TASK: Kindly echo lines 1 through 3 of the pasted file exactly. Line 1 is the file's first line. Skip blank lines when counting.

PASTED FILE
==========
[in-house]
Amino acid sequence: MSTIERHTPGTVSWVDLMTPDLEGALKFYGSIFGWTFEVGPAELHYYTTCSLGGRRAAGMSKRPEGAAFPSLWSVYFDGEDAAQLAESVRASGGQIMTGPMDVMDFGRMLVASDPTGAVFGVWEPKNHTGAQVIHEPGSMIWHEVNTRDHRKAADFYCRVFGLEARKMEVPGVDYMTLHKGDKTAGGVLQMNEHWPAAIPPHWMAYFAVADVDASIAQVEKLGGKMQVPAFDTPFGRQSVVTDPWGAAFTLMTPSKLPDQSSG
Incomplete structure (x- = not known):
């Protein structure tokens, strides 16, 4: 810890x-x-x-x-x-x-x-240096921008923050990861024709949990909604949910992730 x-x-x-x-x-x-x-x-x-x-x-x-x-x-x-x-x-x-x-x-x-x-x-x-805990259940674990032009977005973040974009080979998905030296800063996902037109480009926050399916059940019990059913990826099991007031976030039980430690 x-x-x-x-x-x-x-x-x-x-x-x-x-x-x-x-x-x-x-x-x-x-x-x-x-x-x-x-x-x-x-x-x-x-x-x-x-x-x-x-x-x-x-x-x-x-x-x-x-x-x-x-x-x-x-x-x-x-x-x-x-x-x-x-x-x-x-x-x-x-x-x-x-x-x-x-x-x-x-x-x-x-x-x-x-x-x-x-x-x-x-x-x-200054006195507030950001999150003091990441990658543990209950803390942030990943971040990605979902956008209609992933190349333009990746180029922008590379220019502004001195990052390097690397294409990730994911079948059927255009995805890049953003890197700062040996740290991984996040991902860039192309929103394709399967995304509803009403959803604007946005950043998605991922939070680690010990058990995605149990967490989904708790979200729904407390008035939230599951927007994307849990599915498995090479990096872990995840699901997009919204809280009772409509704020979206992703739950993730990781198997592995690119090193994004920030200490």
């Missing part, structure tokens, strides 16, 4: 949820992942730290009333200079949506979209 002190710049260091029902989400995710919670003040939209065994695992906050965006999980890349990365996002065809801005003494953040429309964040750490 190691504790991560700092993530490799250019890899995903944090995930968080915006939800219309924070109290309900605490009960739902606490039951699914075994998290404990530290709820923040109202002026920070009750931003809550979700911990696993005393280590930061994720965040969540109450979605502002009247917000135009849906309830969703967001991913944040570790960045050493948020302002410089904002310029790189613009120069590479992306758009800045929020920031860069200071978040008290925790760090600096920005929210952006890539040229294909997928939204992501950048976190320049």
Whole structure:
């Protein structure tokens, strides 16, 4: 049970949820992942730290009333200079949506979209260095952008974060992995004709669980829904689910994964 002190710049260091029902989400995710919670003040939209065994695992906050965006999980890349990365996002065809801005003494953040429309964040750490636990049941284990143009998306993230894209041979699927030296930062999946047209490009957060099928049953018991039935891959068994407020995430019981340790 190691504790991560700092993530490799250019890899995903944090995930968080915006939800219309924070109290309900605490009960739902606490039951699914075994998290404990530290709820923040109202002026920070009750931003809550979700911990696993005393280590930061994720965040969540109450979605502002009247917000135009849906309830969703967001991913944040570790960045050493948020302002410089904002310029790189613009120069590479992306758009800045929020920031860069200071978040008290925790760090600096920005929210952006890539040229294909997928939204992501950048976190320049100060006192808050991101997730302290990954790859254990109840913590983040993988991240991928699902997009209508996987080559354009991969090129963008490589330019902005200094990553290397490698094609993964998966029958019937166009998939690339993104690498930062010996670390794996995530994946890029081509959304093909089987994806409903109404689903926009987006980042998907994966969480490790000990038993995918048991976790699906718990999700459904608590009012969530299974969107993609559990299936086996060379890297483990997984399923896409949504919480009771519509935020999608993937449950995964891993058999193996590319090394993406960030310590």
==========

[in-house]
Amino acid sequence: MSTIERHTPGTVSWVDLMTPDLEGALKFYGSIFGWTFEVGPAELHYYTTCSLGGRRAAGMSKRPEGAAFPSLWSVYFDGEDAAQLAESVRASGGQIMTGPMDVMDFGRMLVASDPTGAVFGVWEPKNHTGAQVIHEPGSMIWHEVNTRDHRKAADFYCRVFGLEARKMEVPGVDYMTLHKGDKTAGGVLQMNEHWPAAIPPHWMAYFAVADVDASIAQVEKLGGKMQVPAFDTPFGRQSVVTDPWGAAFTLMTPSKLPDQSSG
Incomplete structure (x- = not known):